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Proust Was A Neuroscientist

Lehrer, Jonah

(Book - 2007)
Average Rating: 4 stars out of 5.
Proust Was A Neuroscientist
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In this technology-driven age, it's tempting to believe that science can solve every mystery. After all, science has cured countless diseases and even sent humans into space. But as Jonah Lehrer argues in this sparkling debut, science is not the only path to knowledge. In fact, when it comes to understanding the brain, art got there first. Taking a group of artists #151; a painter, a poet, a chef, a composer, and a handful of novelists #151; Lehrer shows how each one discovered an essential truth about the mind that science is only now rediscovering. We learn, for example, how Proust first revealed the fallibility of memory; how George Eliot discovered the brain's malleability; how the French chef Escoffier discovered umami (the fifth taste); how Cézanne worked out the subtleties of vision; and how Gertrude Stein exposed the deep structure of language #151; a full half-century before the work of Noam Chomsky and other linguists. It's the ultimate tale of art trumping science. More broadly, Lehrer shows that there isnbsp;a cost to reducing everything to atoms and acronyms and genes. Measurement is not the same as understanding, and art knows this better than science does. An ingenious blend of biography, criticism, and first-rate science writing, Proust Was a Neuroscientist urges science and art to listen more closely to each other, for willing minds can combine the best of both, to brilliant effect.
Publisher: Boston : Houghton Mifflin Co., 2007
ISBN: 9780618620104
0618620109
Branch Call Number: 700.105 L529p 2007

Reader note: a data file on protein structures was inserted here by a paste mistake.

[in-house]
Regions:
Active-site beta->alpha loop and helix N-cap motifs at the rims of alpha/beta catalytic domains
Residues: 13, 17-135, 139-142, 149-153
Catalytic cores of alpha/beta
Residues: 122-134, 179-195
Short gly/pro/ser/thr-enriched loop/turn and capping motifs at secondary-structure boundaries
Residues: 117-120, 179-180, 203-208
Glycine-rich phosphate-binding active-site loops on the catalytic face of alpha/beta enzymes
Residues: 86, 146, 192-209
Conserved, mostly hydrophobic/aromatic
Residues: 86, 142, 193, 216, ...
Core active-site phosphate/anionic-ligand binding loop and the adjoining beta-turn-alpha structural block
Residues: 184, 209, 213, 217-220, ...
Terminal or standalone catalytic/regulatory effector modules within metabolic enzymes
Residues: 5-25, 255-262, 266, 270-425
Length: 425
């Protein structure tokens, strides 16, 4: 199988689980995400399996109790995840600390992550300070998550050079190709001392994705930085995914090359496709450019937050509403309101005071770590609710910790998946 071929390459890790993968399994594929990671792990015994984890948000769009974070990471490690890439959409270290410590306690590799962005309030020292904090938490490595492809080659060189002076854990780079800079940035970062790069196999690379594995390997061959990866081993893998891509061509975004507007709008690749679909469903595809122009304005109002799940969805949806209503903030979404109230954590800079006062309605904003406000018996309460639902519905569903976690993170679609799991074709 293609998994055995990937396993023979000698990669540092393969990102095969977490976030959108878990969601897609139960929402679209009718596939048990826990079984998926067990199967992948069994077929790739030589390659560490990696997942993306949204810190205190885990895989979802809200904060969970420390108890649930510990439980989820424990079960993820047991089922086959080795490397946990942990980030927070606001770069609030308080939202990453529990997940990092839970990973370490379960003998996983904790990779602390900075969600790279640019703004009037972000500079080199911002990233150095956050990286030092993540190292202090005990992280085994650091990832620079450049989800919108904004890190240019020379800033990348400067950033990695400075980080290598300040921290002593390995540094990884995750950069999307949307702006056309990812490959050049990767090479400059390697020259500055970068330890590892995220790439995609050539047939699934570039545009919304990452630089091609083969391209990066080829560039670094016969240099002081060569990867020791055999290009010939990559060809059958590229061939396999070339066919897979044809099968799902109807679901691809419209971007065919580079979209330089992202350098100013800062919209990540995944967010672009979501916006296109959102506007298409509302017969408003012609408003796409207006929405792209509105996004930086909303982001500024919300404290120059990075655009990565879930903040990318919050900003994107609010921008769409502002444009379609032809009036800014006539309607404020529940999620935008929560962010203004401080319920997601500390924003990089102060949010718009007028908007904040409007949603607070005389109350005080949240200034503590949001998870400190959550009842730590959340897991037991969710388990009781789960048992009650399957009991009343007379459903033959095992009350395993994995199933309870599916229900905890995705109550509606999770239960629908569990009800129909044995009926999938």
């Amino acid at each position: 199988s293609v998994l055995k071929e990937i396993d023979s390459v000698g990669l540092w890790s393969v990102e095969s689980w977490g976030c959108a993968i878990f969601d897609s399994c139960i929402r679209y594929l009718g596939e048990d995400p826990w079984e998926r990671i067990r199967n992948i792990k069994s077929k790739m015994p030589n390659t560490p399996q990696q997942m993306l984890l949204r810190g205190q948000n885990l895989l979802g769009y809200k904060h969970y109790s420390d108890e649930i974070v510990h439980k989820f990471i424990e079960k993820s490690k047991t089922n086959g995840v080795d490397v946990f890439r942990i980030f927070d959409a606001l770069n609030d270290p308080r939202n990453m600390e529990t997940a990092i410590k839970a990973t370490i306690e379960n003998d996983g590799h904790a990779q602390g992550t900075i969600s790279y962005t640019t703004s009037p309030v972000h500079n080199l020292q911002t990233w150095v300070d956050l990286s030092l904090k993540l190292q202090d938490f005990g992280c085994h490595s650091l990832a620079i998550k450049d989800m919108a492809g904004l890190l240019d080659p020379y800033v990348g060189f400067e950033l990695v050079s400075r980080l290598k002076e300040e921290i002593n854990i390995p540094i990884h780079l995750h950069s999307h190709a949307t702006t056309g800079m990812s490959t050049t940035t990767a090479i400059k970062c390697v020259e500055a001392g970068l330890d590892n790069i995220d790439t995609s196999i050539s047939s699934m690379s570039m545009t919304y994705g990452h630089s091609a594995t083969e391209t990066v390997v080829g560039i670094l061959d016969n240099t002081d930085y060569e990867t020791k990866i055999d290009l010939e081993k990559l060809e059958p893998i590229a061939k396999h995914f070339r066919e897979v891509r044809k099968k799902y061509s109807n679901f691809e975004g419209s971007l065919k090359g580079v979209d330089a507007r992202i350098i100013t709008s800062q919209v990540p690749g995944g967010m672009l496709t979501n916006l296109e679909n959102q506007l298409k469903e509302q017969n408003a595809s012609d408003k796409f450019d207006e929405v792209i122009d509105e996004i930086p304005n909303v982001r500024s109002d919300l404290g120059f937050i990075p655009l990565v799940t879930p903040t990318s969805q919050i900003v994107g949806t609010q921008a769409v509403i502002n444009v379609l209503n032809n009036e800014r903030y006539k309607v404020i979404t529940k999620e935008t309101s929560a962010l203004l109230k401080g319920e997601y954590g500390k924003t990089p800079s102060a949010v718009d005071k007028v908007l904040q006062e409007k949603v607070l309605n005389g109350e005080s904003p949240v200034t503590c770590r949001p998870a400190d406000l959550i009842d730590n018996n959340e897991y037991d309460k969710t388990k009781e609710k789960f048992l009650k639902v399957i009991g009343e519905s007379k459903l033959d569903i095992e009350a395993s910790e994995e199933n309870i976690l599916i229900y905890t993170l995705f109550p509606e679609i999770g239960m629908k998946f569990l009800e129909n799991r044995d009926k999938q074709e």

Characteristics: xii, 242 p. :,ill., music ;,22 cm

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Taking a group of artists; a painter, a poet, a chef, a composer, and a handful of novelists; Lehrer shows how each one discovered an essential truth about the mind that science is only now rediscovering. -


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Apr 01, 2013
  • Avantel rated this: 5 stars out of 5.

You may need to re-read this book more than once and you should take it like playing video games because this book’s complexity can be as fun to break into as video games. This is because artists and intellectuals usually don’t make their points clear while scientists tend to be quite firm in their conclusions. Thus, Jonha Lehrer’s book is a link between these two groups and required a very profound and thoughtful work that requires the same habits when reading it. This is one of the books that help people find themselves and understand others better.

Dec 09, 2011
  • GrandCru rated this: 3.5 stars out of 5.

chapters on proust, cezanne, stravinsky and escoffier interested me. certainly something to think about.

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